A 17 year old female presented to the emergency department with urinary incontinence, lower abdomen pain, foul smelling vaginal discharge and loss of weight of three months duration.

Keywords: Vaginolith, Vaginal foreign body

Dr Santi Medhi 
M.S. Obstetrics and Gynaecology, FRCOG (UK), Consultant

Corresponding Author: Dr Rekhda Patidar M.S. Obstetrics and Gynaecology, Registrar

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A 17 year old female unmarried school student presented to the accident and emergency department with urinary incontinence of more than five months duration, lower abdomen pain, foul smelling vaginal discharge and loss of weight of three months duration. Her mother noticed she had problems with school attendance and social withdrawal. Her medical and psychiatric history was unremarkable. She denied history of vaginal foreign body. On physical examination, excoriation of skin of vulva and perineum and constant leakage of urine through vagina were observed. On per rectal examination a hard mass was felt in the vagina. She was admitted with provisional diagnosis of vaginal foreign body and associated urovaginal fistula. Pelvic USG (Figure 1) and CT Scan (Figure 2) confirmed the diagnosis of irregular radio opaque foreign body, with tubular component measuring 9x 7x 6 cm seen in upper vagina, extending through the anterior fornix into the urinary bladder. 
Figure 1 

Figure 2

She was examined under anaesthesia; a blue aerosol cap, encased in vaginolith, and a big bladder calculus were removed vaginally (Figure 3). 
Figure 3

The  vaginolith was friable and removed piecemeal, along with the intact cap. On cystoscopic and vaginal assessment, a large fistula of about 5 cm in diameter was identified in the anterior vaginal wall, involving the trigone. Biochemical analysis of the stone revealed lithiasis with predominant phosphate and uric acid structure. Five months later, the patient underwent suprapubic transvesical  repair of vesicovaginal fistula and made an unremarkable recovery.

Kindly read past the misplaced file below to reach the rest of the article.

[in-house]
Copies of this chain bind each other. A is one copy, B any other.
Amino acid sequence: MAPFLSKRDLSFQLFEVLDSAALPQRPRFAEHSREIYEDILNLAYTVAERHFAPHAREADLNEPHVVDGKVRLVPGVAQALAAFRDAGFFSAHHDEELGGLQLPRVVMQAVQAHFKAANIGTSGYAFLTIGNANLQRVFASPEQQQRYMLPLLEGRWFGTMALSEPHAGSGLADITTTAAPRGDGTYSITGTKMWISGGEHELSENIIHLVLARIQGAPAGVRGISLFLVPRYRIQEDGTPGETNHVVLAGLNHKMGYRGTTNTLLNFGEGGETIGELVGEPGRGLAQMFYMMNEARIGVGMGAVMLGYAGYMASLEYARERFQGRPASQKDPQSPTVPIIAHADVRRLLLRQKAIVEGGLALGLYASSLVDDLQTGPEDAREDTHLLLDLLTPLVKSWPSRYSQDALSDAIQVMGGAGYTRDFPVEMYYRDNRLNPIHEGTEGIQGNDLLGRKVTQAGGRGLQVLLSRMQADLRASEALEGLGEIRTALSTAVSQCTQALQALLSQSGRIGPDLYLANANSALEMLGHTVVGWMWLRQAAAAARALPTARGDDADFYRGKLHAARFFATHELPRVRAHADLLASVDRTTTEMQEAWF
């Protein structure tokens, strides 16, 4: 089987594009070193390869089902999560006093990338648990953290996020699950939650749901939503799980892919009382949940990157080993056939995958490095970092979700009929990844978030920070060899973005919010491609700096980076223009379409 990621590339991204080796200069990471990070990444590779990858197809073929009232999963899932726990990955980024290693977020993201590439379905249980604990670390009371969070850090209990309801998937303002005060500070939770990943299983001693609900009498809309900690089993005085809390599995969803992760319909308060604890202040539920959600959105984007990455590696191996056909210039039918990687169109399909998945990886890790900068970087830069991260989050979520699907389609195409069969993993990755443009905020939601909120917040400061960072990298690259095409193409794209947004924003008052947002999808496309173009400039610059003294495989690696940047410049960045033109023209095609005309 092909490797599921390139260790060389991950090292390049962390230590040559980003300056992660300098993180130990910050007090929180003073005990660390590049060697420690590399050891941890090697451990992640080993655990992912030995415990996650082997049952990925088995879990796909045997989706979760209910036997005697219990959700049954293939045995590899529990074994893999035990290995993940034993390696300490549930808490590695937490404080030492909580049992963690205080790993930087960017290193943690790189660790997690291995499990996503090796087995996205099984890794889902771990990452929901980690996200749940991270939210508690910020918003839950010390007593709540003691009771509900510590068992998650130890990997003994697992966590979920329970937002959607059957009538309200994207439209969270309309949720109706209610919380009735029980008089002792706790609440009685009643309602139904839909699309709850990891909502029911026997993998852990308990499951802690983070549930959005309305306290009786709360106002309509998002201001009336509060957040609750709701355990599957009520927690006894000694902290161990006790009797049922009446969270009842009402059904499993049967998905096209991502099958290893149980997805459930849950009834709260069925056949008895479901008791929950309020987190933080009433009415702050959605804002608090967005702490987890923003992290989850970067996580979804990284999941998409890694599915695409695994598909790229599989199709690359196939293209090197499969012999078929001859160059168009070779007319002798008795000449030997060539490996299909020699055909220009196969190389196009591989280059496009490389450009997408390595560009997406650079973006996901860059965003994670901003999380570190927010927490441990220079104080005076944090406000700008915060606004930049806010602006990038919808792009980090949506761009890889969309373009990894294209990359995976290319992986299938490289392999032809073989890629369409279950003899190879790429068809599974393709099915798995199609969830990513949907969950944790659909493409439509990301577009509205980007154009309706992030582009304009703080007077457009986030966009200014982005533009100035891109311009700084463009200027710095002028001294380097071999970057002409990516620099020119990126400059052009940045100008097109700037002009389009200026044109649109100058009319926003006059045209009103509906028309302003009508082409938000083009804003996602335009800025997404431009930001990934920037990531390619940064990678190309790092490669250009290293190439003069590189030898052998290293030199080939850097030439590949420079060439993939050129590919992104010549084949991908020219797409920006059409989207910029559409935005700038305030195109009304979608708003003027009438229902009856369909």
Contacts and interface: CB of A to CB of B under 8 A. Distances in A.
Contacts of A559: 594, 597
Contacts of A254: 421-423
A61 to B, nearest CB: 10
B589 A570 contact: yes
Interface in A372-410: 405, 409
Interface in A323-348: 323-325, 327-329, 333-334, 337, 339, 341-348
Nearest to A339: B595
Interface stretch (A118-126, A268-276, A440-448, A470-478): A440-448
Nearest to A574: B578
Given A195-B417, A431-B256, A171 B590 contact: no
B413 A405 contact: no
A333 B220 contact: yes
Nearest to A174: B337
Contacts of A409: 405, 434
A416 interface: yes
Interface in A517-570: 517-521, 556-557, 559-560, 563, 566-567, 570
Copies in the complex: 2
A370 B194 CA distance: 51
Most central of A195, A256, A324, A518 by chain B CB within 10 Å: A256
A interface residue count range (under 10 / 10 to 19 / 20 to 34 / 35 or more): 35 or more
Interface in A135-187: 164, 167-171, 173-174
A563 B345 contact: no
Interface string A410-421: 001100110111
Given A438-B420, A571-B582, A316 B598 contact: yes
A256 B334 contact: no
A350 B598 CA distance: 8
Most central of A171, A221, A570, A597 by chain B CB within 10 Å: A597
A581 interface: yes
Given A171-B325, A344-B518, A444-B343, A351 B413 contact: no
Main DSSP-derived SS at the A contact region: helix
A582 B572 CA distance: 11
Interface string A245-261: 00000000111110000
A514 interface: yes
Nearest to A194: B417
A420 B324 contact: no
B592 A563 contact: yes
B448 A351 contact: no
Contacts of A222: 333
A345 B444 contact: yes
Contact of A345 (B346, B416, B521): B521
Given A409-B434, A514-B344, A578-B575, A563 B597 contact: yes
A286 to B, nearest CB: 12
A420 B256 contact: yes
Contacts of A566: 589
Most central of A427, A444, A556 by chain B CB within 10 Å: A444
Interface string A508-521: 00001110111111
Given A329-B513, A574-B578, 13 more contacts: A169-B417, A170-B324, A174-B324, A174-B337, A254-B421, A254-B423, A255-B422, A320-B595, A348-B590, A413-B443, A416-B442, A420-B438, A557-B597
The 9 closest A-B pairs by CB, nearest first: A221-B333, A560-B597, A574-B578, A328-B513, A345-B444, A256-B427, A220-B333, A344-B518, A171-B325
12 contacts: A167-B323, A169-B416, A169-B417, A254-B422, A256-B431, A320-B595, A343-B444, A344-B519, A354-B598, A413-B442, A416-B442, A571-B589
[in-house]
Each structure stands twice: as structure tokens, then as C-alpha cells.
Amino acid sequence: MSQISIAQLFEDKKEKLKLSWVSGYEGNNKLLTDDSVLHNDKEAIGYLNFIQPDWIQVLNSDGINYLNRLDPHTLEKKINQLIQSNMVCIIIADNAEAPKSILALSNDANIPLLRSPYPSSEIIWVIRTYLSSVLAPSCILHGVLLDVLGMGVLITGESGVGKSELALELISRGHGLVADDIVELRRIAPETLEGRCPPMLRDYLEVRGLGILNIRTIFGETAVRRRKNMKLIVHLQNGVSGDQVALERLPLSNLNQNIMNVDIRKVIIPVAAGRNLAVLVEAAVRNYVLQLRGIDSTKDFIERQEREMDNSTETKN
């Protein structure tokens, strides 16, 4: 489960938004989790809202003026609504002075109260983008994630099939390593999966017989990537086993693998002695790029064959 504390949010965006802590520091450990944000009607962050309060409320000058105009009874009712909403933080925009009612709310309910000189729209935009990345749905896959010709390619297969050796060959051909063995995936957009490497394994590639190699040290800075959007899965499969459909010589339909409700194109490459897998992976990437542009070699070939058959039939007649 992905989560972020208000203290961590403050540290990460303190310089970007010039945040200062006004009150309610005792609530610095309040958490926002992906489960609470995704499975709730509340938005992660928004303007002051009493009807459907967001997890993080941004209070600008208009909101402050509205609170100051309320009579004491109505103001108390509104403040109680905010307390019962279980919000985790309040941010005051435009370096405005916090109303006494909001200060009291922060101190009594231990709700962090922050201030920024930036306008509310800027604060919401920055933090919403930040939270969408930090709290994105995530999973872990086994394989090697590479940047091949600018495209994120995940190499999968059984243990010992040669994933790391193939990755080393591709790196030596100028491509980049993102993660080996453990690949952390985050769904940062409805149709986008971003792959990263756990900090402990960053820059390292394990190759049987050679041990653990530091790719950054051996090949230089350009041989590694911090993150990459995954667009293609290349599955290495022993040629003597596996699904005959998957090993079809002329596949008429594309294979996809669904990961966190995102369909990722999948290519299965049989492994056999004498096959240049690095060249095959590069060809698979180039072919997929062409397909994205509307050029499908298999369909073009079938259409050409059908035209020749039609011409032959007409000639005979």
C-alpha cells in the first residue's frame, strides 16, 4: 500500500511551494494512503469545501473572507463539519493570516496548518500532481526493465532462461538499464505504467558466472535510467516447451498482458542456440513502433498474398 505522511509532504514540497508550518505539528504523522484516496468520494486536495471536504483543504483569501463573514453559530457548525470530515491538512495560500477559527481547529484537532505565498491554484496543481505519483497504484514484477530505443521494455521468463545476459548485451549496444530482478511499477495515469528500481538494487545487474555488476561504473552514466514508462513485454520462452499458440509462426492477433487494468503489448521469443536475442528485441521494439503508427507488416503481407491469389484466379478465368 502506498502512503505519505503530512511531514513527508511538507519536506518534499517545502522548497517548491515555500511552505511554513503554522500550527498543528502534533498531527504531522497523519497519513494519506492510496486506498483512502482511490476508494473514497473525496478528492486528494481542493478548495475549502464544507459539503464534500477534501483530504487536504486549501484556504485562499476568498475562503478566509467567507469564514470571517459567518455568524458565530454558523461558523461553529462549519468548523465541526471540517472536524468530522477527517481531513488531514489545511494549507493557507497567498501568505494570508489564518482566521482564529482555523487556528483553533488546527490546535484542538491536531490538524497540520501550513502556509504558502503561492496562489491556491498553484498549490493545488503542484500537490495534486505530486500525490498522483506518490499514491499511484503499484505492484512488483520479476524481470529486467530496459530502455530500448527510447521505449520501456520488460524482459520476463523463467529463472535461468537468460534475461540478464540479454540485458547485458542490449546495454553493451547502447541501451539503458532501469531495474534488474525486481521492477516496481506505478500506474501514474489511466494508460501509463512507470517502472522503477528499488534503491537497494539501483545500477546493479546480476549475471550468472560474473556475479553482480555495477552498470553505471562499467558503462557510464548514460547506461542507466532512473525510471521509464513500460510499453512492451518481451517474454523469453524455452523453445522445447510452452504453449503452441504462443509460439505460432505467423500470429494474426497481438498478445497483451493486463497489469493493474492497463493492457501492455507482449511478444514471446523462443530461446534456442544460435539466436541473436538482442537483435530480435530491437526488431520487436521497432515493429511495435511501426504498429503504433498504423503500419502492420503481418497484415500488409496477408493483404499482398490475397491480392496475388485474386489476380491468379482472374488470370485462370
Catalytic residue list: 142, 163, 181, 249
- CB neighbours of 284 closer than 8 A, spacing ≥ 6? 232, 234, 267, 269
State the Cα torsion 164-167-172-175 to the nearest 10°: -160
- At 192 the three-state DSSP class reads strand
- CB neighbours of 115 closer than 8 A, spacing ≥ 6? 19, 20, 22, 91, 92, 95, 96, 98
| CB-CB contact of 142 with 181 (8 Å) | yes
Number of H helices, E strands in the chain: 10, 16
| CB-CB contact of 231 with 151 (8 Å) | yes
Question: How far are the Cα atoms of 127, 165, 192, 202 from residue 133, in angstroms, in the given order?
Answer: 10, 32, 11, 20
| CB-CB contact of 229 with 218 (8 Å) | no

Although females of all age group have experienced vaginal foreign bodies, certain age groups are at greater risk, such as children and elderly. The variety of objects found in the vagina ranges from bottle cap, toys, marble, drinking glasses, ginger roots etc. Vaginal foreign bodies may be as a result of psychiatric disorder or unusual sexual practices or for sexual gratification or as a form of contraception (1). Such a condition is usually recognized after a complication occurs, of which the commonest are infection, abnormal vaginal discharge, bleeding and stenosis . Vaginal foreign body may cause vesicovaginal, rectovaginal, urthrovaginal, ureterovaginal fistula. In the present case, secondary vaginolith formed around the foreign body, which eroded the anterior vaginal wall and resulted in vesicovaginal fistula.Evaluation of unusual urinary symptoms in an adolescent should include pelvic examination and imaging (2). Although vaginal foreign bodies are not uncommon, an undisclosed vaginal foreign body encased in secondary vaginolith contributing to vesicovaginal fistula formation is unusual. 


1. N.Arikan, K. Turkolmez, S.Aytac and O. Gogus. Vesicovaginal fistula associated with vaginal foreign body. BJU international 2000; 85 (3): 375-376.  
2. Siddiqui NY, Paraiso MF. Vesicovaginal fistula due to an unreported foreign body in an adolescent. J. Pediatr Adolesc Gynecol. 2007; 20 (4): 253-255.

Date added to bjui.org: 25/02/2010 (publication information)
This content is exclusive to bjui.org website.

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CASE REPORTS: A  secondary vaginolith encasing a foreign body, causing unusual urinary symptoms in an adolescent

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